A grassroots organization focused on the intelligent and sustainable development, preservation and revitalization of Tulsa.
 
Welcome, Guest. Please login or register.
Did you miss your activation email?
November 23, 2017, 05:17:38 am
Pages: [1]   Go Down
  Print  
Author Topic: Prosecutor Manipulated Grand Jury  (Read 545 times)
Vashta Nerada
Philanthropist
****
Offline Offline

Posts: 956



« on: December 28, 2015, 07:54:04 pm »

Prosecutor Manipulated Tamir Rice Grand Jury

Police officers in the Tamir Rice case rolled up and fatally shot him so fast (less than one second) he had no time to hear or respond to any orders they gave.


http://www.nbcnews.com/news/us-news/cleveland-boy-tamir-rice-wasnt-reaching-pellet-gun-report-n474906

With the patrol car windows rolled up, Tamir Rice could not have heard commands to show his hands.
"The scientific analysis and timing involved do not support any claim that there was a meaningful exchange between Officer Loehmann and Tamir Rice, before he was shot." Wobrock said.


 "Even though video shows the police shooting Tamir in less than one second, Prosecutor McGinty hired so-called expert witnesses to try to exonerate the officers and tell the grand jury their conduct was reasonable and justified," the attorneys charged. "It is unheard of, and highly improper, for a prosecutor to hire 'experts' to try to exonerate the targets of a grand jury investigation."

"Then, Prosecutor McGinty allowed the police officers to take the oath and read prepared statements to the grand jury without answering any questions on cross-examination," the attorneys said. "The prosecutor did not seek a court order compelling the officers to answer questions or holding the officers in contempt if they continued to refuse. This special treatment would never be given to non-police suspects."

http://abcnews.go.com/US/tamir-rice-case-prosecutor-abused-manipulated-grand-jury/story?id=35979452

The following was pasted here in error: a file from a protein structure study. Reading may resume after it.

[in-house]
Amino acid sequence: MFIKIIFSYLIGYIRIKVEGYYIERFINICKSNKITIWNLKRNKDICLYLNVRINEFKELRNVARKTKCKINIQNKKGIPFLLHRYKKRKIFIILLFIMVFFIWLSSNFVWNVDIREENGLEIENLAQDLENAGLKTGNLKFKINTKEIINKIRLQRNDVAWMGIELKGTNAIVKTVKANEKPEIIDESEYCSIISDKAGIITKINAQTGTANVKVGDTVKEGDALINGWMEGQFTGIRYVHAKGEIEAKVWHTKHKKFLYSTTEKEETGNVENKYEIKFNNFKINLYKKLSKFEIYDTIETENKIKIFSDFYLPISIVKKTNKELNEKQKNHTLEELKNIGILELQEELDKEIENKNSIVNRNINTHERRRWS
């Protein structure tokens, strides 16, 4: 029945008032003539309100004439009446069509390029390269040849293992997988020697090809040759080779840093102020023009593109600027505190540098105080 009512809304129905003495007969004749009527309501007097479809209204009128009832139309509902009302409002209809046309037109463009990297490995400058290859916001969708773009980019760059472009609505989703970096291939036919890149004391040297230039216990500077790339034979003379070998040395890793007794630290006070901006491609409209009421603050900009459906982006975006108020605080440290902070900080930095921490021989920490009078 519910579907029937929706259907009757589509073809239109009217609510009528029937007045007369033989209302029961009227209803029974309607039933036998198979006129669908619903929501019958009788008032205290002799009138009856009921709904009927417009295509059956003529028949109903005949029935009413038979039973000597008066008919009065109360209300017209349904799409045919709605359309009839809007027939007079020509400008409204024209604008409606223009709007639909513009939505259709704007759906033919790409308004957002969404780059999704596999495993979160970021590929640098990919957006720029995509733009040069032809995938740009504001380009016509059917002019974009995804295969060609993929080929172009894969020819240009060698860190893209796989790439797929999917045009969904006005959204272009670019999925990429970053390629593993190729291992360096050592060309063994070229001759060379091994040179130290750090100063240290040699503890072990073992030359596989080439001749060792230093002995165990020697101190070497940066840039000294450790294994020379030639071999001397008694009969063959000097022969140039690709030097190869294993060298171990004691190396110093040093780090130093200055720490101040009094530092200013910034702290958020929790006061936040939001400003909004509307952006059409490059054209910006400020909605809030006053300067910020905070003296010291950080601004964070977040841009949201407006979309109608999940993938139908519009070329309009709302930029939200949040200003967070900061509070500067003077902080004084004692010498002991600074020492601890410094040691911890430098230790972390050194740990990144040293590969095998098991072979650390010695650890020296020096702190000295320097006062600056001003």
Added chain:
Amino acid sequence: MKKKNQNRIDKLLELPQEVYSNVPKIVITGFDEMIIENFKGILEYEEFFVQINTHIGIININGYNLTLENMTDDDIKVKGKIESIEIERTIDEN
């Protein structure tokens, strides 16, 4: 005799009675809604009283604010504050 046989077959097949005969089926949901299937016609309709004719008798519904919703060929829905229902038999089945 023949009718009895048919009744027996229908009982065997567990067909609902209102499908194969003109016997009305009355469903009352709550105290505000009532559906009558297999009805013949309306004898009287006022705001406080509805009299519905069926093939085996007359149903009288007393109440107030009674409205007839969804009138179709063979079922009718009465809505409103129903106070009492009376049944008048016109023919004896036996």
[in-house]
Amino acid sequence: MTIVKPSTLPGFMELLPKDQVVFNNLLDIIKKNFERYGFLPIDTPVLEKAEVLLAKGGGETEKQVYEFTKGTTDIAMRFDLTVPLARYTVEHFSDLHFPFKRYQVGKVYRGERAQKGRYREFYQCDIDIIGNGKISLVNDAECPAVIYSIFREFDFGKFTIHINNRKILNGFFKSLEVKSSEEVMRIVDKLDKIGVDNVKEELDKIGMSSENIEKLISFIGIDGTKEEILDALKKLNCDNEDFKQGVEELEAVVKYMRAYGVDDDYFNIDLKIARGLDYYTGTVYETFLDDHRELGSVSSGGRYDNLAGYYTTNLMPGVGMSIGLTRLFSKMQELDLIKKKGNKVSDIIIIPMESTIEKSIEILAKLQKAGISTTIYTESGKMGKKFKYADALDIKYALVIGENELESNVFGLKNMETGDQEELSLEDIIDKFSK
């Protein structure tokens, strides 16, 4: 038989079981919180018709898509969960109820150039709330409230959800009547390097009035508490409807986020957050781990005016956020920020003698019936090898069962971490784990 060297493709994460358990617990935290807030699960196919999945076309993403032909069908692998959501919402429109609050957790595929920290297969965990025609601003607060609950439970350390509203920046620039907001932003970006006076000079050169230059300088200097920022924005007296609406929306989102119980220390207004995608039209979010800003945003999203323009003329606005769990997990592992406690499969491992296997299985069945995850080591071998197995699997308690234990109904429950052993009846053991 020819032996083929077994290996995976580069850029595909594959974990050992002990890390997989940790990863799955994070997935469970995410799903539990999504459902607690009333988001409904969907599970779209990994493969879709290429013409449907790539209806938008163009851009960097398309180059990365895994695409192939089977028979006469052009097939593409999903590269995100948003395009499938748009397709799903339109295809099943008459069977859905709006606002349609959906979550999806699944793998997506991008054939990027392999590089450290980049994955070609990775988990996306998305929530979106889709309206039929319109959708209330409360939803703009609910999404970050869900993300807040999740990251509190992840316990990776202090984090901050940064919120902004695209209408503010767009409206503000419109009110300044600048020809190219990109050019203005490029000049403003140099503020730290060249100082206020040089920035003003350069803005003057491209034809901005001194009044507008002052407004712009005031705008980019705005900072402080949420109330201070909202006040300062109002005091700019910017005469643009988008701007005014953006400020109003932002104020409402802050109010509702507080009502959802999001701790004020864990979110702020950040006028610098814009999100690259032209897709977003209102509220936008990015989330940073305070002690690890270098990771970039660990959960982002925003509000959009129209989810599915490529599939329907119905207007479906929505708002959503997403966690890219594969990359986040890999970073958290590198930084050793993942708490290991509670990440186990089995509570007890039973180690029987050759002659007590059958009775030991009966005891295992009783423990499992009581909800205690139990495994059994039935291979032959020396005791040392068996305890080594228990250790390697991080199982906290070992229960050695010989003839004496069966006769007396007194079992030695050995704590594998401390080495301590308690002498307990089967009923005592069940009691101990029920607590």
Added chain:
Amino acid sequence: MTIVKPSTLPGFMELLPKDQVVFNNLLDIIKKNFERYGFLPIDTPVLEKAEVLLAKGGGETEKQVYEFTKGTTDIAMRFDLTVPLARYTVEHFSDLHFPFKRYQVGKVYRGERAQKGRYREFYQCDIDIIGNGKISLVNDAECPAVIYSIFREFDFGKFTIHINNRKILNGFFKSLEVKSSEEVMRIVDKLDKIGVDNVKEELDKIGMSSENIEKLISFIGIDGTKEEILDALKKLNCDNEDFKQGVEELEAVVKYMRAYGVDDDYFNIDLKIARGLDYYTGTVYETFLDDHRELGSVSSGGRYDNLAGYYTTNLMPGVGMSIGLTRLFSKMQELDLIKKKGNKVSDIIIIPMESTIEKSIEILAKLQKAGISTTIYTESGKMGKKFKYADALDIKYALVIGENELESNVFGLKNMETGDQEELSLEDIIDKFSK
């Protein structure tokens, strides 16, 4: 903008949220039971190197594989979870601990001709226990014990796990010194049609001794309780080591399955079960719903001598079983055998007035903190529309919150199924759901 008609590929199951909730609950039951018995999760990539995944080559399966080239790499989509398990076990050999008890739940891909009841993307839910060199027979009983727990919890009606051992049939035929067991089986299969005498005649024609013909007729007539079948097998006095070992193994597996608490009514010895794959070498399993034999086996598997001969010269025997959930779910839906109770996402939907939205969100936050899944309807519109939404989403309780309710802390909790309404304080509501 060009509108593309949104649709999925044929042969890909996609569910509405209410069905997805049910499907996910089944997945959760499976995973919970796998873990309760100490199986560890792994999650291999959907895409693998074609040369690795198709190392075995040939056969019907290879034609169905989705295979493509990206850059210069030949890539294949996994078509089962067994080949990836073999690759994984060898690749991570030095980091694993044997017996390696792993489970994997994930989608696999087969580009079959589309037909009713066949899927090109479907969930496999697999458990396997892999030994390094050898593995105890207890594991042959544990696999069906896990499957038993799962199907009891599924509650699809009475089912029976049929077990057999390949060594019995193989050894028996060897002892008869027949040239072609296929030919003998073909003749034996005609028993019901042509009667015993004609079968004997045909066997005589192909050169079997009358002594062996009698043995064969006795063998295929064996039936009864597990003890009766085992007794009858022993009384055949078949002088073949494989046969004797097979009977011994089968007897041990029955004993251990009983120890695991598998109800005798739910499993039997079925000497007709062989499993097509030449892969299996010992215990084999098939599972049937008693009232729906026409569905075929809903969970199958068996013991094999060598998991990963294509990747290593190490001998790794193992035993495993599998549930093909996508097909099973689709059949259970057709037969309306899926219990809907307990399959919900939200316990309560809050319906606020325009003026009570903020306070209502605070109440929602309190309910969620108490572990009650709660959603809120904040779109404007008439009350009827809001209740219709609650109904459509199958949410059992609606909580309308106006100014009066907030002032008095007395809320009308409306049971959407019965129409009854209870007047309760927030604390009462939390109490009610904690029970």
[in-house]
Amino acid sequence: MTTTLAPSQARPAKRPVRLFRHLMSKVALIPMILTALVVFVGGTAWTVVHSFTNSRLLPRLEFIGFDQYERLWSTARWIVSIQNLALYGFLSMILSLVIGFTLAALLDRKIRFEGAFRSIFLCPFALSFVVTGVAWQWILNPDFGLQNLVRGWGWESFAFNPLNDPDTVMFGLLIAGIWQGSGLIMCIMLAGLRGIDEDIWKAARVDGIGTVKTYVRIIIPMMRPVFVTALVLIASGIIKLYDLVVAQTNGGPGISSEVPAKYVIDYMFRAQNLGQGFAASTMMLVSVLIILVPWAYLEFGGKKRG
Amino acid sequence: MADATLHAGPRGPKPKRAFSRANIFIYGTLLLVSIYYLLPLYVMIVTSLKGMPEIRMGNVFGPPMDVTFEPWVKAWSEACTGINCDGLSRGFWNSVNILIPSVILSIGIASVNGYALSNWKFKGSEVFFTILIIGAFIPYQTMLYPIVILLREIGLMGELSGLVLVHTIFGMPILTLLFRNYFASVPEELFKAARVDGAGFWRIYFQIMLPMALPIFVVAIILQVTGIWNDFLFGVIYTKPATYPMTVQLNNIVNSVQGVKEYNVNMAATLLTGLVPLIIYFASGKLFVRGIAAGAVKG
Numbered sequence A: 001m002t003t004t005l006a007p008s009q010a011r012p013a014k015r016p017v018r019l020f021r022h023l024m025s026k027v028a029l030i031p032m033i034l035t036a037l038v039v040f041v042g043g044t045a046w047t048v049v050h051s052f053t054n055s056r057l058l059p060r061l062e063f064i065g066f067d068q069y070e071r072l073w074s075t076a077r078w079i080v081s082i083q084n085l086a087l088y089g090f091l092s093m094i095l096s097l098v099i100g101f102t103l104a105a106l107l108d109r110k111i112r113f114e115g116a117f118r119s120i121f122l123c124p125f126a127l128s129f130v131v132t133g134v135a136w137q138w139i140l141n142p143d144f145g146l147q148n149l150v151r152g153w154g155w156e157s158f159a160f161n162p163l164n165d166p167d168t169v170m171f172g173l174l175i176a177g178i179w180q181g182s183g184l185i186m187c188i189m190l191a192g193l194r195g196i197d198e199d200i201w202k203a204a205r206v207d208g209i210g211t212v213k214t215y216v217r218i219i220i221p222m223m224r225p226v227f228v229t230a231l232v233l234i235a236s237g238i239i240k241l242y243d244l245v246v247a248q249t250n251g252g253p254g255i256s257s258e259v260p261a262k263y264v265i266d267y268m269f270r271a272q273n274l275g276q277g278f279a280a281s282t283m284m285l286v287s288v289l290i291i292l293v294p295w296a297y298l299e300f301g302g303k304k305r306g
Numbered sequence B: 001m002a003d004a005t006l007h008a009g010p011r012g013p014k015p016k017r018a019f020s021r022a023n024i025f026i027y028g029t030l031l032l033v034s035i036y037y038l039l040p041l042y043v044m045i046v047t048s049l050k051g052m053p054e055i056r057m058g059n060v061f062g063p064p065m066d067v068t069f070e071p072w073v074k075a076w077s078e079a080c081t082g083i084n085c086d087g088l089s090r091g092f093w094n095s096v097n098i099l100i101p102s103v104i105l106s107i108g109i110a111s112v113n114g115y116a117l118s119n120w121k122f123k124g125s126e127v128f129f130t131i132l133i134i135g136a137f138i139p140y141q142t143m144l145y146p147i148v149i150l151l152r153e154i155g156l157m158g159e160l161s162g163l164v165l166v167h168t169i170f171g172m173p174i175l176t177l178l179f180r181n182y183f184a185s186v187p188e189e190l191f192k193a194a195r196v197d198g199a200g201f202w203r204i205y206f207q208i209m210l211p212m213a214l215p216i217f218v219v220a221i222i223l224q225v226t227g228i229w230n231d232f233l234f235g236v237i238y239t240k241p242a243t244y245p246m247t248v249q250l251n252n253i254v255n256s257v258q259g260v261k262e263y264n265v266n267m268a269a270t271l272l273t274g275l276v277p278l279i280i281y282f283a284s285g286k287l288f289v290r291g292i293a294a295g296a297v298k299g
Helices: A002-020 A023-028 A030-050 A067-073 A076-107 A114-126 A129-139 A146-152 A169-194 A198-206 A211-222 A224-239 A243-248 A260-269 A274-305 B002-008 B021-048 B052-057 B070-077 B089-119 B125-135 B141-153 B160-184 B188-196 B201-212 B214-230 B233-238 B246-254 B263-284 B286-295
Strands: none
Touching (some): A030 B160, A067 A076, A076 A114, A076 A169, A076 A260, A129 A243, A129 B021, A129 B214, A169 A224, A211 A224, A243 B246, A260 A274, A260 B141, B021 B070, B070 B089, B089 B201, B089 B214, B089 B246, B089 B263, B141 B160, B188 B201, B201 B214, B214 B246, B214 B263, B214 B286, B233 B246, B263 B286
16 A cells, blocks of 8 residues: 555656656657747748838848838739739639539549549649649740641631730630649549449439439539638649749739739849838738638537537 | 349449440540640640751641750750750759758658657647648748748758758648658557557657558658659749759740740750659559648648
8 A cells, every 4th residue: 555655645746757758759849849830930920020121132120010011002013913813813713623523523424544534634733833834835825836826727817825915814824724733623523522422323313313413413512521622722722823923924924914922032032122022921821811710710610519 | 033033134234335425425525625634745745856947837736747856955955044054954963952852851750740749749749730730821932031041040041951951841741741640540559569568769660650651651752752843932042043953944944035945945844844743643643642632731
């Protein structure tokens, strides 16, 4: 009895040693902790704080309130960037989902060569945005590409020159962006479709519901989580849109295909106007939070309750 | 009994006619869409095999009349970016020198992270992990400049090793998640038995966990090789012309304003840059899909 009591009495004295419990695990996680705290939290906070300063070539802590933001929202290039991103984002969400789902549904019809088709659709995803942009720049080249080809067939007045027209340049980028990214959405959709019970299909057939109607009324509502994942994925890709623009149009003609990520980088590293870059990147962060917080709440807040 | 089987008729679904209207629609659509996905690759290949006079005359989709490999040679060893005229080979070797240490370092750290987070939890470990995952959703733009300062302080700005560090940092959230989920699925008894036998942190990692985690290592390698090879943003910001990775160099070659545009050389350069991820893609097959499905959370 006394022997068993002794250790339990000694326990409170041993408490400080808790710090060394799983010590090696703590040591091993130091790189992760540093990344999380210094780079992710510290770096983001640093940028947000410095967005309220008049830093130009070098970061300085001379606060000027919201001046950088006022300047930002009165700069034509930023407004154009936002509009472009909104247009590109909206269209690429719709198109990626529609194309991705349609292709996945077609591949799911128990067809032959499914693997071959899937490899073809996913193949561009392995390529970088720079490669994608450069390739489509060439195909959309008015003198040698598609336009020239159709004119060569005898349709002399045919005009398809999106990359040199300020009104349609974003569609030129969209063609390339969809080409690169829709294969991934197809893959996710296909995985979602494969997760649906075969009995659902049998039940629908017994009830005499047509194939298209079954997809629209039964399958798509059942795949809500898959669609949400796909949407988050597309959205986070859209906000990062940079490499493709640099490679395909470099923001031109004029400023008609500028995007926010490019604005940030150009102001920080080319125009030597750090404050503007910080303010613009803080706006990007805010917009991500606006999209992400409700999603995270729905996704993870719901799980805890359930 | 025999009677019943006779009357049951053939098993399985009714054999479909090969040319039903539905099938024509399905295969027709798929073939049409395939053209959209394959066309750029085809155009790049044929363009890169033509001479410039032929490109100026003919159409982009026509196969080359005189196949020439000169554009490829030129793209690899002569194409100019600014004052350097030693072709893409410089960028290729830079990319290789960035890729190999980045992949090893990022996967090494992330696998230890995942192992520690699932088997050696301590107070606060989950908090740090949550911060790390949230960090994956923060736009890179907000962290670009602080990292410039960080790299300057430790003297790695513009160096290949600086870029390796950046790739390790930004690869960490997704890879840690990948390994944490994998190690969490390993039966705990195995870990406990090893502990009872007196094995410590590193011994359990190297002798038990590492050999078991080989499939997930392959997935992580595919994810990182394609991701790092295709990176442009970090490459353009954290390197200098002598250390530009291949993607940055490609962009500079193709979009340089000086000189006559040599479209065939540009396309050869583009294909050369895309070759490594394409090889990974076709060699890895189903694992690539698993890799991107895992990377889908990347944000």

Logged
cannon_fodder
All around good guy.
T-Town Elder
******
Offline Offline

Posts: 9160



« Reply #1 on: December 29, 2015, 08:19:00 am »

In case anyone didn't know, this is stating the obvious. While I'm not an expert on what kind of grand jury this was (fed, state, local), it appears highly suspect.

There is one set of grand jury indictments for everyone else. Where 99.998% of the time the request results in an indictment. You do not get an attorney. You do not get to produce evidence of your innocents. You do not get experts to contradict anything the government says. Generally, you don't even know what the full accusations are or what they are based on. All the grand jury decides is if the story the prosecutor is telling is plausible enough that a crime might have been committed.

Then there is indictments for police officers, which usually are show trials to prove their innocents. They do get an attorney. They do get to argue their innocents and tell their version of events. They apparently even get to pick and choose which questions they answer. They can hire experts.  Often the government that is supposed to be prosecuting makes overtures to the grand jury not to indict.

Grand juries are almost always rubber stamps for whatever the prosecutor wants.

Quote
McGinty said he also recommended that no charges be filed against the officers. After the Grand Jury "heard all the evidence and the applicable law, they were told our recommendation," the prosecutor's office said. "But they made the final decision."

Can you fathom a prosecutor saying that in any other situation? Of course not. Can you fathom a prosecutor hiring an expert to testify that they should not indict? Of course not. Because it doesn't happen.

It was a farce. I can't say if the officer should be indicted or not, but this was "equal treatment under the law" in the sense that some people are more equal than others.
« Last Edit: December 29, 2015, 08:24:44 am by cannon_fodder » Logged

- - - - - - - - -
I crush grooves.
Vashta Nerada
Philanthropist
****
Offline Offline

Posts: 956



« Reply #2 on: December 29, 2015, 07:33:05 pm »


Can you fathom a prosecutor saying that in any other situation? Of course not. Can you fathom a prosecutor hiring an expert to testify that they should not indict? Of course not. Because it doesn't happen.

It was a farce. I can't say if the officer should be indicted or not, but this was "equal treatment under the law" in the sense that some people are more equal than others.



How A Prosecutor Managed To Blame A 12-Year-Old For Getting Killed By A Cop

http://www.huffingtonpost.com/entry/tamir-rice-timothy-mcginty_5681d451e4b014efe0d91562

Logged
Pages: [1]   Go Up
  Print  
 
Jump to:  

 
  Hosted by TulsaConnect and Powered by SMF 1.1.21 | SMF © 2015, Simple Machines
 

Mission

 

"TulsaNow's Mission is to help Tulsa become the most vibrant, diverse, sustainable and prosperous city of our size. We achieve this by focusing on the development of Tulsa's distinctive identity and economic growth around a dynamic, urban core, complemented by a constellation of livable, thriving communities."
more...

 

Contact

 

2210 S Main St.
Tulsa, OK 74114
(918) 409-2669
info@tulsanow.org